'No meteoritic or alien connection with Red rain'
A common phenomena in Kerala:
Prof Chandana Jayaratne of the Colombo University's Department of
Physics said there have been several queries on the red rain (some times
called blood rain due to its colour) observed on November 15 in the
Sevenagala and Monaragala areas and a possible connection of an alien
attack as published in some news reports.
He said there is no such extra terrestrial connection to this rain
and there were no possible meteor showers too involved with it.
According to Prof Jayaratne, this so called "red rain" is a very
common phenomena in the southern Indian state of Kerala and such
coloured rain had been reported in Kerala as early as 1896 and on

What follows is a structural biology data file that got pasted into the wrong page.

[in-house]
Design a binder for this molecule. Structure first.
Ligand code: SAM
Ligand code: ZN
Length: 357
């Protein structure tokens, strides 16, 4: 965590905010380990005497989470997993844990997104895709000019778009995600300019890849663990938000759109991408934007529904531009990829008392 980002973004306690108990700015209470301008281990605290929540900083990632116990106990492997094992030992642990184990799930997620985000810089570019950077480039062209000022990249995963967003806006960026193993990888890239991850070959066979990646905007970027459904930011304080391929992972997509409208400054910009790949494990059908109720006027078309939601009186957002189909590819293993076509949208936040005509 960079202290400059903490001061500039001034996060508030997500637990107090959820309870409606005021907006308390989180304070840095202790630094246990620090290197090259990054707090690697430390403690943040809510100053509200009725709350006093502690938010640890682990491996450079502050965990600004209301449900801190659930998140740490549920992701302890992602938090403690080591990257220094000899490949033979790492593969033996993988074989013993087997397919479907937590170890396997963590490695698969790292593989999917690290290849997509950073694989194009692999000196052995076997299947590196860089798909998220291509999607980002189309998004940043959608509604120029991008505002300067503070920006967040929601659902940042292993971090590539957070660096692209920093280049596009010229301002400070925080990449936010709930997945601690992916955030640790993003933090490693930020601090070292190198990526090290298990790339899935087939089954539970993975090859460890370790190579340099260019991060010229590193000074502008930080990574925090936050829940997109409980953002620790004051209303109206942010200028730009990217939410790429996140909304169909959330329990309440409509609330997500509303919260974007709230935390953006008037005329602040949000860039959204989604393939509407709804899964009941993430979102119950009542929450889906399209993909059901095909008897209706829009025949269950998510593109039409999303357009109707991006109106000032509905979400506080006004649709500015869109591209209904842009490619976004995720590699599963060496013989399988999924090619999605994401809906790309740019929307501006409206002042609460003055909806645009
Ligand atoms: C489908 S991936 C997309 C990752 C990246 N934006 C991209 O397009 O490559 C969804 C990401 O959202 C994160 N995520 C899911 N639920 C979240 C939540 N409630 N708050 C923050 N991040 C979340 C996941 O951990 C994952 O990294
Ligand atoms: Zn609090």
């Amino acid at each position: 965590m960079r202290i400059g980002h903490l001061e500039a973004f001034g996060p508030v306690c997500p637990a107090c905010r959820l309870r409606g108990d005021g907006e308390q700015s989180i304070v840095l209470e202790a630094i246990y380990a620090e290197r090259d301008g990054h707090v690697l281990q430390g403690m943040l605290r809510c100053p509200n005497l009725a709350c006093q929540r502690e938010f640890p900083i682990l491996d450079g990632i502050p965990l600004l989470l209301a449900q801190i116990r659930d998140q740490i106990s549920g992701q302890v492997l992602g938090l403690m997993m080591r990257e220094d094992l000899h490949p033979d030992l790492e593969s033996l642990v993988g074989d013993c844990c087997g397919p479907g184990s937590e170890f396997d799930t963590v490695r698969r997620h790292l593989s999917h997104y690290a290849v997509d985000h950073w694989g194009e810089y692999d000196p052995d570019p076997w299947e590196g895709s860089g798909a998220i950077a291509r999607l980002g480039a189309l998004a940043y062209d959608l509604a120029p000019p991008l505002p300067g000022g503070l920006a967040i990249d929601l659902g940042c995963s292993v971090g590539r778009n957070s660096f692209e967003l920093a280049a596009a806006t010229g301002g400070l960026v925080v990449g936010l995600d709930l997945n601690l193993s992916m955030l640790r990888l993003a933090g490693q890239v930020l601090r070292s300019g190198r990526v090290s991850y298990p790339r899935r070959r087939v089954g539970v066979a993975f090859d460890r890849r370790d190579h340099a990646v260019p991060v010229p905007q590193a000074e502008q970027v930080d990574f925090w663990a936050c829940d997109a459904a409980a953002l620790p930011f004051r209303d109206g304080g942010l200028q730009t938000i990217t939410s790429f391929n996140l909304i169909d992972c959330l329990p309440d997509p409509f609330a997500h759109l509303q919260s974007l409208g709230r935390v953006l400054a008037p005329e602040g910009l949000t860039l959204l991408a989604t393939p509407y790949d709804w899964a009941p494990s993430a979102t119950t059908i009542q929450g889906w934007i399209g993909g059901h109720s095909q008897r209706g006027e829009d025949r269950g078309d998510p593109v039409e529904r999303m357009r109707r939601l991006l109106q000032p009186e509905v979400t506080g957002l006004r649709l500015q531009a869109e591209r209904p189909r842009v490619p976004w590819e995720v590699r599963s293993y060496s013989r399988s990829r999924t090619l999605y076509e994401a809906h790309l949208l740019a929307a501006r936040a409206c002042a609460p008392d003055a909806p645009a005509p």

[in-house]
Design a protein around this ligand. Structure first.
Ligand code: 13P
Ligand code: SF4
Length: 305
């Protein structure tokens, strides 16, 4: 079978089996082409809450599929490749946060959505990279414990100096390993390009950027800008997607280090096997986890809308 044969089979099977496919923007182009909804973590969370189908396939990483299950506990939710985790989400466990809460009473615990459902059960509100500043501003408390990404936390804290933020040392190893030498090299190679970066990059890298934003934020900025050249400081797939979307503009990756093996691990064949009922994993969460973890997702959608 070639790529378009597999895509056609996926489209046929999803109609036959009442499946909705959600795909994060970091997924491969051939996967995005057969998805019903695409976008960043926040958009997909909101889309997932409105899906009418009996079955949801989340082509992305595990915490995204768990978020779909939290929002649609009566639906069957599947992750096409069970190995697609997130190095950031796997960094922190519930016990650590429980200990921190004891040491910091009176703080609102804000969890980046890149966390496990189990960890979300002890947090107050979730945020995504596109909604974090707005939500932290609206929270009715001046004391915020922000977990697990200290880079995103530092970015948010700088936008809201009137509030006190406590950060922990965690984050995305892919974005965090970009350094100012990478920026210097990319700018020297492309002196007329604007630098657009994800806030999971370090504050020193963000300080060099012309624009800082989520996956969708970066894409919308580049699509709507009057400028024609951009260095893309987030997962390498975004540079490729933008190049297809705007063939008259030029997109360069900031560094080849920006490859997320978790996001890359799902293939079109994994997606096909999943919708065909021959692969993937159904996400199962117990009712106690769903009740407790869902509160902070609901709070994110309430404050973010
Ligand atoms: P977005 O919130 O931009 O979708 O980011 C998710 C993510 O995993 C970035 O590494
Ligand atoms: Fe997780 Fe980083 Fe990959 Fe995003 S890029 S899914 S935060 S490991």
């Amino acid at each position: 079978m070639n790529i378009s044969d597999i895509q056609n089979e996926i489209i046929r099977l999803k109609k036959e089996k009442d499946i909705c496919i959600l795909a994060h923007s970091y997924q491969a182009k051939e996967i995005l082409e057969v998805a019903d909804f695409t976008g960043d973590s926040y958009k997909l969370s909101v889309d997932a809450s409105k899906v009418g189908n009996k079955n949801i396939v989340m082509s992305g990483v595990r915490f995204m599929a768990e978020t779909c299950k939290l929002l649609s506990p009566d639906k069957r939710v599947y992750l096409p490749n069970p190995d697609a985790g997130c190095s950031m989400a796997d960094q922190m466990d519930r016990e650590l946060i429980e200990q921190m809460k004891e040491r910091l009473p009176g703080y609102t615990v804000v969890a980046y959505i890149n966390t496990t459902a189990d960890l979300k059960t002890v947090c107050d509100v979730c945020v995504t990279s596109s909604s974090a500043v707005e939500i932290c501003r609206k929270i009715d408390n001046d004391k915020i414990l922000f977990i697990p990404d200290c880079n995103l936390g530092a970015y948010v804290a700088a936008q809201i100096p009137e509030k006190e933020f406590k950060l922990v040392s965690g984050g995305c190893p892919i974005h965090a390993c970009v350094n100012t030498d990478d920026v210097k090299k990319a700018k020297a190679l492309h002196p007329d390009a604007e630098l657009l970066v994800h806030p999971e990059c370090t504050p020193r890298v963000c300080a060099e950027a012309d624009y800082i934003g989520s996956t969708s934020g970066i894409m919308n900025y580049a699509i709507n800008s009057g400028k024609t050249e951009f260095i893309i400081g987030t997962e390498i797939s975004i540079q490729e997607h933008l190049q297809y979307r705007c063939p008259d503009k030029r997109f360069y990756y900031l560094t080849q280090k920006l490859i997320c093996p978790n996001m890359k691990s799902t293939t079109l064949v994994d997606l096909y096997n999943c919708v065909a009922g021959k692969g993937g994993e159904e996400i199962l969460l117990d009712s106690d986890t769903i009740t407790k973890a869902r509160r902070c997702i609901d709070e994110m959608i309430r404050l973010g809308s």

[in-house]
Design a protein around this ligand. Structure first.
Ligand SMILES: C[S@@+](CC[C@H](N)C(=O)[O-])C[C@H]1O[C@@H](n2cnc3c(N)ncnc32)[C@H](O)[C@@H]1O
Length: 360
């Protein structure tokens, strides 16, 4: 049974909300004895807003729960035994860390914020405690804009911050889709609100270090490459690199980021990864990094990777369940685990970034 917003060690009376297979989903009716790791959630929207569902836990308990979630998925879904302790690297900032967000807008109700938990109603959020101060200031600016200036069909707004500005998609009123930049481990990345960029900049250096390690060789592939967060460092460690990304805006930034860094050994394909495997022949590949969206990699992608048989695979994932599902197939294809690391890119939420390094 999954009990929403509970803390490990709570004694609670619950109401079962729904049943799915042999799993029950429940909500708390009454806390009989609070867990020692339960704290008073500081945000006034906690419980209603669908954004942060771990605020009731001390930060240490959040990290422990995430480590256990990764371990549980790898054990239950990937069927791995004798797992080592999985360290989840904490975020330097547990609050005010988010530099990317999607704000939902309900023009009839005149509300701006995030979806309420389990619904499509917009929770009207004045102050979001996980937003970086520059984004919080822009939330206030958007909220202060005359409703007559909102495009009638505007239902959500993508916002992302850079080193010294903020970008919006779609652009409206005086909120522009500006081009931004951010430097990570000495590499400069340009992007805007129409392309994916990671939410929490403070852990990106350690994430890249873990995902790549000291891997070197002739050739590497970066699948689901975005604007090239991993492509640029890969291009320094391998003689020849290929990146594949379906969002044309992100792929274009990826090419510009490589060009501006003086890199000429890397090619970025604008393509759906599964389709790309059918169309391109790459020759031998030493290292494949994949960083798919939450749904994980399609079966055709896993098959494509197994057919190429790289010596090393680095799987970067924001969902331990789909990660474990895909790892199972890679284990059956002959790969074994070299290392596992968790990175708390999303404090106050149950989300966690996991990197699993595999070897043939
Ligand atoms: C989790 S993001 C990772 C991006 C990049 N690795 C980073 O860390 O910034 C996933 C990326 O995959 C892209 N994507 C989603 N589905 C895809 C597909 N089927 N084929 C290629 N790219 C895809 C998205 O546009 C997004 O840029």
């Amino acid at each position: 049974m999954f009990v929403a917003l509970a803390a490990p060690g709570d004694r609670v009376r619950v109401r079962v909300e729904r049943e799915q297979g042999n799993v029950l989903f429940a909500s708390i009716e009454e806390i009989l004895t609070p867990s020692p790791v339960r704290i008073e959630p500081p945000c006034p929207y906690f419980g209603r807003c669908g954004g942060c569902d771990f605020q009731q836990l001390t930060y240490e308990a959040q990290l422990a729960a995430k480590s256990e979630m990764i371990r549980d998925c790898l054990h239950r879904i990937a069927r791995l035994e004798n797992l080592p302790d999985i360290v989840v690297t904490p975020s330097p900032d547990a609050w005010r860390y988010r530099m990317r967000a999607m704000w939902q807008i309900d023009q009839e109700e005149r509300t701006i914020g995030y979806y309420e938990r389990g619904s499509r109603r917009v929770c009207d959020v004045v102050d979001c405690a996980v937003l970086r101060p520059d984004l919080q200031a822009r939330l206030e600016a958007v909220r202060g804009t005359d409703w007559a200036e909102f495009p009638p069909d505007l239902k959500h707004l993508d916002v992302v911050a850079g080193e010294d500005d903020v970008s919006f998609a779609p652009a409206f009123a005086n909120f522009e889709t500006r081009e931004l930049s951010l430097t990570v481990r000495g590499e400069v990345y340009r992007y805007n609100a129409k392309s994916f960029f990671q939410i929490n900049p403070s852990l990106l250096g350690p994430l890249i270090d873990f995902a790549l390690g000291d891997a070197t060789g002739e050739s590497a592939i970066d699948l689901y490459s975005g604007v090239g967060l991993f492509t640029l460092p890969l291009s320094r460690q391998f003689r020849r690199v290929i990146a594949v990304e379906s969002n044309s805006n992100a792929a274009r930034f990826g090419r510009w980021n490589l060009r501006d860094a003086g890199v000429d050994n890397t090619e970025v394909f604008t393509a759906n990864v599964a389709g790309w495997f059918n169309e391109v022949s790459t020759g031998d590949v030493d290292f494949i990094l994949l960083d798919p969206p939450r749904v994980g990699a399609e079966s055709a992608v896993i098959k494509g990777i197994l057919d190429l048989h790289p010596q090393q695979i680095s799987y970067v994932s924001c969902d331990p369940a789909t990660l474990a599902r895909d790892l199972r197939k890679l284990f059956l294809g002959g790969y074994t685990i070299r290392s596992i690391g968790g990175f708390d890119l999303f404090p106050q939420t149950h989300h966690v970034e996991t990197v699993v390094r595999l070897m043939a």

several occasions since then.
The most recent occasion for Kerala state to experience red rain was
June 2012, he said.
"A study commissioned by the government of India concluded that these
rains in Kerala had been coloured by airborne spores from locally
prolific terrestrial algae. They concluded that the results were
consistent with a marine origin or a terrestrial plant," he said.
The colour was found to be due to the presence of a large amount of
spores of a lichen-forming alga belonging to the genus Trentepohlia.
That report also stated that there was no meteoric, volcanic or desert
dust origin present in the rainwater and that its color was not due to
any dissolved gases or pollutants," he said.
"It takes some time to study the nature of wind patterns in finding
the origin of the red rain experienced in Monaragala on Thursday. There
is even another related phenomena called "red tides" where estuarine,
marine, or fresh water algae accumulate rapidly in the water column,
resulting in discoloration of the surface water.